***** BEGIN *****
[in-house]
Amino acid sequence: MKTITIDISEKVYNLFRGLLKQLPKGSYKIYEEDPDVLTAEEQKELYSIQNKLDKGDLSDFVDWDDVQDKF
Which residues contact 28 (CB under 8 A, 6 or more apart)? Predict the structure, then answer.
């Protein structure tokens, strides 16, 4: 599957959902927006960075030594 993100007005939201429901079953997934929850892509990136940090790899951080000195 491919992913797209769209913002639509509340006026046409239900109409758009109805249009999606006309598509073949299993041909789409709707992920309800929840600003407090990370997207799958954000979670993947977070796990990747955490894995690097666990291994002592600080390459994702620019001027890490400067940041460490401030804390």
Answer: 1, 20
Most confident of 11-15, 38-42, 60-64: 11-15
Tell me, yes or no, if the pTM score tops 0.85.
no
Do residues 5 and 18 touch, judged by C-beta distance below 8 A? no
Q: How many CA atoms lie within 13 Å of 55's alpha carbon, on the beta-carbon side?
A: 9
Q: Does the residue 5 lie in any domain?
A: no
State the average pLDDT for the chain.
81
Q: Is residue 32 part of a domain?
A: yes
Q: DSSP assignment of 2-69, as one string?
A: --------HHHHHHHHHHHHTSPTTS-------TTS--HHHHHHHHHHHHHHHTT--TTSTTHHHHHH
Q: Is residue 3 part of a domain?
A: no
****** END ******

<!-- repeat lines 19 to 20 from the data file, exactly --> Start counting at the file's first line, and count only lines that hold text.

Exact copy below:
A: --------HHHHHHHHHHHHTSPTTS-------TTS--HHHHHHHHHHHHHHHTT--TTSTTHHHHHH
Q: Is residue 3 part of a domain?